Giving Mad Love a Fair Chance

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Early on in last week’s episode of Mad Love, “Baby, You Can Drive My Car,” Judy Greer, Martin Starr, and Sarah Chalke, three key members of four of the better sitcoms — Arrested Development, Freaks and Geeks, Party Down, and Scrubs — of the past 20 years, all appear in the same scene. Later in the episode, Tyler Labine, co-star of the underappreciated Reaper, and SNL/30 Rock’s Chris Parnell share a moment.

With such a great cast, Jason Biggs excluded, Mad Love ought to be so much better than it is, but like Perfect Couples, Sit Down, Shut Up, and Twenty Good Years, the talent is mostly squandered by clichéd plots and a fear of trying anything different. It’s just the latest example of When Mediocre Sitcoms Happen to Good Comedians.

It’s not even that Mad Love is a particularly bad show; it’s just that it doesn’t take enough, or really any, risks to be anything other than mediocre. Just like when NBC grew obsessed with mimicking the Friends formula, CBS has now done the same thing with attempting to replicate the success of How I Met Your Mother, the only sitcom on the network that’s both critically and commercially successful, with Mad Love, which literally follows How I Met on the broadcast schedule.

The similarities between the two shows are uncanny: they hang out in a “New York City” pub that looks exactly like MacLaren’s, with the only difference being that the bar is on the left side of the screen, not the right; Biggs looks, speaks, narrates, and even excitedly moves like Ted Mosby; and one character, Labine’s Larry Munsch, is a lawyer (like Marshall) and has strict guidelines on dating and how to live your life (like Barney).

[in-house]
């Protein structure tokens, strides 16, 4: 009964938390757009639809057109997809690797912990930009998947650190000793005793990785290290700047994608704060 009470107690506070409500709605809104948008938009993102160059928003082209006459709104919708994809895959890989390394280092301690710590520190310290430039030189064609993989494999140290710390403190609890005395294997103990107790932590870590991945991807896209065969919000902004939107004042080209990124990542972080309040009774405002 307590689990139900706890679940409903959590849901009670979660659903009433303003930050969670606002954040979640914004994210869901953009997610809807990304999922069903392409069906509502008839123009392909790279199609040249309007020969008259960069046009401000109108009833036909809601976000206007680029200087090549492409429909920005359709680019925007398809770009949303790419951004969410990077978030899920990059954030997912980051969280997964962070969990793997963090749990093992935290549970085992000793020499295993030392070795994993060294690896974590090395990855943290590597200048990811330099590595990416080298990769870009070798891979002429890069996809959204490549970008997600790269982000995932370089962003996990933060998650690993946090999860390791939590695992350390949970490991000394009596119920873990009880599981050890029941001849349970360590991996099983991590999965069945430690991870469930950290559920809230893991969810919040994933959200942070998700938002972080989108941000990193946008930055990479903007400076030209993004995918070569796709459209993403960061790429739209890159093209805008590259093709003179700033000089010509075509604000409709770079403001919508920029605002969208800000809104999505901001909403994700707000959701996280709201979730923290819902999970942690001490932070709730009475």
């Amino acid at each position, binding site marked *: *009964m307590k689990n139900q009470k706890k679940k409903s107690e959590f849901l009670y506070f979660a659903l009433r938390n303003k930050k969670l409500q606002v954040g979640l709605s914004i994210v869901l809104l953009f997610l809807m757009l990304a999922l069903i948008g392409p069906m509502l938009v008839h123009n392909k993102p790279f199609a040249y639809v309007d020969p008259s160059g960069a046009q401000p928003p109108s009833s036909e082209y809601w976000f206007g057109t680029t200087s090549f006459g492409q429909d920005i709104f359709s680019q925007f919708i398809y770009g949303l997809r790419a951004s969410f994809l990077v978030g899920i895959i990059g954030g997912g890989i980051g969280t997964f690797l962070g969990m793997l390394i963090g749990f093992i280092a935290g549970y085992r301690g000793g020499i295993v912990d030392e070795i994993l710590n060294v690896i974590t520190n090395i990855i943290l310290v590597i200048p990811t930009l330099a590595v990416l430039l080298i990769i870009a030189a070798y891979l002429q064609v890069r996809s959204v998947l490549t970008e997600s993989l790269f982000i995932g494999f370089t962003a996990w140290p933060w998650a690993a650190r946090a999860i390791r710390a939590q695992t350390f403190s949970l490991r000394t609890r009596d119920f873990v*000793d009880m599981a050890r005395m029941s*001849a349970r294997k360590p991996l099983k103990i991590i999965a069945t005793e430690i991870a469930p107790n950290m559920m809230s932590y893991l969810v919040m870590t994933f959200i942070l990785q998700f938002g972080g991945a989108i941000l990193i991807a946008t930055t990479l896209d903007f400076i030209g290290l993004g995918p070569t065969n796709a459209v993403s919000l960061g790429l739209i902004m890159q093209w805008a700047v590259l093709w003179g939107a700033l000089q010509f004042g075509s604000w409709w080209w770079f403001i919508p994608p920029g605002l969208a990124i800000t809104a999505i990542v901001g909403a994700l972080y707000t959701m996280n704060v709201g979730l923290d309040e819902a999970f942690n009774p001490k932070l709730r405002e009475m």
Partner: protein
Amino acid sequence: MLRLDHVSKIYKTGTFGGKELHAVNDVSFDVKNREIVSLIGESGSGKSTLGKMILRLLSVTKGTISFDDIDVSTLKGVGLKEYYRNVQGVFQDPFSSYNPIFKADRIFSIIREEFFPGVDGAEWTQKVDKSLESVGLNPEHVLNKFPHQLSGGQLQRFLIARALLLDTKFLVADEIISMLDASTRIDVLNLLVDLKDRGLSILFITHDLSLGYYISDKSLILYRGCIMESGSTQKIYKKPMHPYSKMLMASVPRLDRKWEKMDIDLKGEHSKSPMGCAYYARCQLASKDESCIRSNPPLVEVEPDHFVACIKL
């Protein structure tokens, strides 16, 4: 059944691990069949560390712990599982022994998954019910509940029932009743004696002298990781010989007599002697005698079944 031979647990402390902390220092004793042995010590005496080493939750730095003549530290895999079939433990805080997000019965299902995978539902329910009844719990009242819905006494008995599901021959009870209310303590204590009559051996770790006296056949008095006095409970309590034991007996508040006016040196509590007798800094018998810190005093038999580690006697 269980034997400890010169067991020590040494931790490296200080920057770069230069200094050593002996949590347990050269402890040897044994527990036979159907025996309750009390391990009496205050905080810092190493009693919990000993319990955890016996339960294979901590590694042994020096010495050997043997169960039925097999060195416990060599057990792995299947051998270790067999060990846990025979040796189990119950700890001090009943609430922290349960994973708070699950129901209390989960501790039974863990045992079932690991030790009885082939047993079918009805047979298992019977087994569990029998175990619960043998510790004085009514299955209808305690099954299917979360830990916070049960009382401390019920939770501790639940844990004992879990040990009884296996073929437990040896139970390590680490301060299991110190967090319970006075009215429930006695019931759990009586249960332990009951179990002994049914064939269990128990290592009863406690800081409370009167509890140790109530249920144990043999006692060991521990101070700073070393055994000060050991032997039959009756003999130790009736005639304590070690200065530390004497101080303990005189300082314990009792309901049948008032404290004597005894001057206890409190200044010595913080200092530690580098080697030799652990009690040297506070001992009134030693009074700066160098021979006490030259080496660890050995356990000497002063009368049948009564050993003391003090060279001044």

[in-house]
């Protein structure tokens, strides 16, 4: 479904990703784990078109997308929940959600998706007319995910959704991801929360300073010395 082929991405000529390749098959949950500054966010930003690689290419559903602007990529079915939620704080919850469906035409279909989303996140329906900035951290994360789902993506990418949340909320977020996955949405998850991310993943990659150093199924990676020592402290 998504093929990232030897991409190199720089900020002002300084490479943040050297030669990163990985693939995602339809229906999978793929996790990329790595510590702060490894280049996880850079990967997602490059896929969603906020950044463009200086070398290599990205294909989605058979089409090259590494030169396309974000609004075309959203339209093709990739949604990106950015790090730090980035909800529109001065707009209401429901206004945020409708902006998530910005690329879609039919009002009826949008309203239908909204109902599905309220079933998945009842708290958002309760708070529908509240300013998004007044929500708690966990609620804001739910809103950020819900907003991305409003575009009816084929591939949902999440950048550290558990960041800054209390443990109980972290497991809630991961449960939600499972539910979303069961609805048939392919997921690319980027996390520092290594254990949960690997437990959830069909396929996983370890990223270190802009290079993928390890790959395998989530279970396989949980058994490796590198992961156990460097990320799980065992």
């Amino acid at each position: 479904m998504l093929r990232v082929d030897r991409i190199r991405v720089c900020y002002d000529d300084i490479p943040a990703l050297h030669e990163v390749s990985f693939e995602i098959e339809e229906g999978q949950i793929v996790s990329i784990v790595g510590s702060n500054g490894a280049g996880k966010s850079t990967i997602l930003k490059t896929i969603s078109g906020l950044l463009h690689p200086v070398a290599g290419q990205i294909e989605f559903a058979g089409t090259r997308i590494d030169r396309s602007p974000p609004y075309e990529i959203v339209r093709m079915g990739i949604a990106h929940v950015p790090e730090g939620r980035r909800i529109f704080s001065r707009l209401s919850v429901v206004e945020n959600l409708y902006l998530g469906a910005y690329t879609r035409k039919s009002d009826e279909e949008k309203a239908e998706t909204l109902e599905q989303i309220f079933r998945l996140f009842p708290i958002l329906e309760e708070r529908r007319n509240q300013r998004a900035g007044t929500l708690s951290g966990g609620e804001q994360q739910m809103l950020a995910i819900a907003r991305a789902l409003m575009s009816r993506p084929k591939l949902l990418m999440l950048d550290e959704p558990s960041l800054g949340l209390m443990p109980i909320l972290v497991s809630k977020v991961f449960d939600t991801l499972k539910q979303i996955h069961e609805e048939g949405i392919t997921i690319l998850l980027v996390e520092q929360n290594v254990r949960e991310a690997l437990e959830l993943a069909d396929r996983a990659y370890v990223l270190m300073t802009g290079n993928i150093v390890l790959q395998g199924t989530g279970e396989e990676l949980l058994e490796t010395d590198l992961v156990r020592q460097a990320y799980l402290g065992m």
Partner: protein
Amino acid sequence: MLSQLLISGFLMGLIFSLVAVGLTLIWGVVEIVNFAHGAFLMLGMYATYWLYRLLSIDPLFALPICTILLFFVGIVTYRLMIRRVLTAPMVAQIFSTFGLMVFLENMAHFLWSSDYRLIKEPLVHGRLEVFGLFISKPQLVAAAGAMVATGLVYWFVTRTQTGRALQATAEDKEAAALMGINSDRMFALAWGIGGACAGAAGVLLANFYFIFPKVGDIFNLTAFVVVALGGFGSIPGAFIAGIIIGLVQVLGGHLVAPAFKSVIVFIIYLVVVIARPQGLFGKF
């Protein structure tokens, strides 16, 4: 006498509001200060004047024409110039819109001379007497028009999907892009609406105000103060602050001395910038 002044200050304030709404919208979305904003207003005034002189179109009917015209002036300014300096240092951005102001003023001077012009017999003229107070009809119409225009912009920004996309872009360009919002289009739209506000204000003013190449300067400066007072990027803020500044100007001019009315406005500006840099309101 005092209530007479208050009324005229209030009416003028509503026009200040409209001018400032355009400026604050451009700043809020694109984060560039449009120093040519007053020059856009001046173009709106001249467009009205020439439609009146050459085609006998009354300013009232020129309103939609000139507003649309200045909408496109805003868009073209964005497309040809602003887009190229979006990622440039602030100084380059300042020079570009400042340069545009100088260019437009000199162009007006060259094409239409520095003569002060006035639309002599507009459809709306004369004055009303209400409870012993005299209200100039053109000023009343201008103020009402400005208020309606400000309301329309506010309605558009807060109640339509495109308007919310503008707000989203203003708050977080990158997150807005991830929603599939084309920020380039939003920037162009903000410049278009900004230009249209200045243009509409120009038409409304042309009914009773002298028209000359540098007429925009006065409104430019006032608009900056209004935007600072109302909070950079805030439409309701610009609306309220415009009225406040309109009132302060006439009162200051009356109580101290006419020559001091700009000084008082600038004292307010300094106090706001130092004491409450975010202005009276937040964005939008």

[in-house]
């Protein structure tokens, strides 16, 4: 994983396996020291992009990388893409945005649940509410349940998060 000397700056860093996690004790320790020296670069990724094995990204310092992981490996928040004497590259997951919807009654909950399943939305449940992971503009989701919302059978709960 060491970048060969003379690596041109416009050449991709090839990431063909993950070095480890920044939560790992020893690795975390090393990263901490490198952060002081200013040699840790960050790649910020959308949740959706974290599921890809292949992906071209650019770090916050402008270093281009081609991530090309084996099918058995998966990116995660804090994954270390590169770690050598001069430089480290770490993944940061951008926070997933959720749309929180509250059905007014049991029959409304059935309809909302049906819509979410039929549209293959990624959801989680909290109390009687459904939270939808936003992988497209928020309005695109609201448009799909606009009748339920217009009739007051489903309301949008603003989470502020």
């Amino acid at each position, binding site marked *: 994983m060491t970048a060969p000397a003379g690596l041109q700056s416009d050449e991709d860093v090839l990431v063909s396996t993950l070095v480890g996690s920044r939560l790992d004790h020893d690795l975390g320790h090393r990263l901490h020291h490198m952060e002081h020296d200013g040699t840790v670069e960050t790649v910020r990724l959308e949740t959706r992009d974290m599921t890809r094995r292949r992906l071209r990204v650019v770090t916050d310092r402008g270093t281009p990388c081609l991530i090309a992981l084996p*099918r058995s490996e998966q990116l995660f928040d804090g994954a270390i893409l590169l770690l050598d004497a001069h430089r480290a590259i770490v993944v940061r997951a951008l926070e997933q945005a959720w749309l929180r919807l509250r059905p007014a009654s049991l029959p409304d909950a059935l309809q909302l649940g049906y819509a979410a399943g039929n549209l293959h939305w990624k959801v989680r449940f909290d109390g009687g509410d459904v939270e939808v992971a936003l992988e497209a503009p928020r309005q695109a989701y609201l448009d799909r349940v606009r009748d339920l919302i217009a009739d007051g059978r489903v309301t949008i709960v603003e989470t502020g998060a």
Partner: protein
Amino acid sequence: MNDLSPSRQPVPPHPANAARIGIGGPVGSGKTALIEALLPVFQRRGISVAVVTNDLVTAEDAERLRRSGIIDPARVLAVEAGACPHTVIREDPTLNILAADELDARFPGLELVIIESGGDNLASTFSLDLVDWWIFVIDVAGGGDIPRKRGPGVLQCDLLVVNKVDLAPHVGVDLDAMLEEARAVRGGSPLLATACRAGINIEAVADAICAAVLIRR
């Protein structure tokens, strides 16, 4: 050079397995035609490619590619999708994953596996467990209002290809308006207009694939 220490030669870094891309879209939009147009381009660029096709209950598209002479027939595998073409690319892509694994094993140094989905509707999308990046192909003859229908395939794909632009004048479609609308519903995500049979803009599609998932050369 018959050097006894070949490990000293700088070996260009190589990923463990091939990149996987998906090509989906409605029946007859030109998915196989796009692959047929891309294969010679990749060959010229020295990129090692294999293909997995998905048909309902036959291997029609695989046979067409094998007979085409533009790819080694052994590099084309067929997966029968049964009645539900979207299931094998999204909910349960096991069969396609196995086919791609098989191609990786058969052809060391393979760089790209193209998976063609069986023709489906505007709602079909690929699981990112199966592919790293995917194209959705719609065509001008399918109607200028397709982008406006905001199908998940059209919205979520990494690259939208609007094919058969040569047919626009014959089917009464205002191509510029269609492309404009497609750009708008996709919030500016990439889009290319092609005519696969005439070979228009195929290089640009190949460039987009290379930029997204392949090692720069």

Biggs and Chalke, who play Ben and Connie, have a relationship like the one Ted and Robin had in the early days of How I Met, sparked by a red cell phone instead of a blue French horn. “Baby,” the show’s seventh episode, has the two, while on a road trip to sell Ben’s car, saying they love one another for the first time, and I can’t help but wonder if they’ve showed their hand a little too soon. How I Met stumbled a bit when Ted and Robin were together, and if Mad Love breaks the two up, the comparison will become even more apt.

The show’s other two stars, Greer and Labine, play the sarcastic best friend, Connie, and the CBS version of It’s Always Sunny in Philadelphia’s Charlie, Larry. They constantly bicker and are disgusted with one another on the show, which inevitably means they’ll eventually fall in love, too. They’re both actors known for their scene-stealing abilities (particularly Greer, who’s Kitty Sanchez is one of Arrested’s most memorable characters), and they continue to showcase their unique talent here. The two have nice comic timing (Connie walks in on Larry bathing in a tub, and says, “If there was a toaster in here, you’d be a dead man,” to which he responds, “If there was a toaster in here, I’d be enjoying a Pop-Tart”), and I wish they were the show’s unconventional leads, just to try something different. But as it is, they do exactly what the wacky sidekicks should do: distract you from the boring leads.

Because man, are they dreadfully uninteresting. Biggs, of American Pie fame, still seems like a teenager trying to act like an adult, and Chalke, who I’ve liked ever since she appeared on Roseanne as the second Becky (I’m probably in the minority there), is once again playing Stella, a main reason for How I Met’s mid-series rut. Put them together, which the show has, and you’ve got a relationship with no emotional attachment from the audience, other than a fondness for their previous work on other shows.

That’s really Mad Love in a nutshell: even with such a quality cast, it’s neither particularly good nor memorably bad because it’s latching itself to the coattails of far more successful sitcoms, tweaking itself just enough that it doesn’t feel like it’s doing so, but not enough that it feels fresh, either.

It’s almost feels too easy comparing Mad Love to How I Met Your Mother, but when the similarities are so striking, and they’re not from the same show runner (like Family Guy and American Dad!), it’s impossible not to bring it up. Besides, to speak in terms Marshall and Ted (and therefore, Ben and Larry) can understand: why watch The Phantom Menace when you’ve got The Empire Strikes Back at your disposal?

Josh Kurp can’t wait for American Reunion.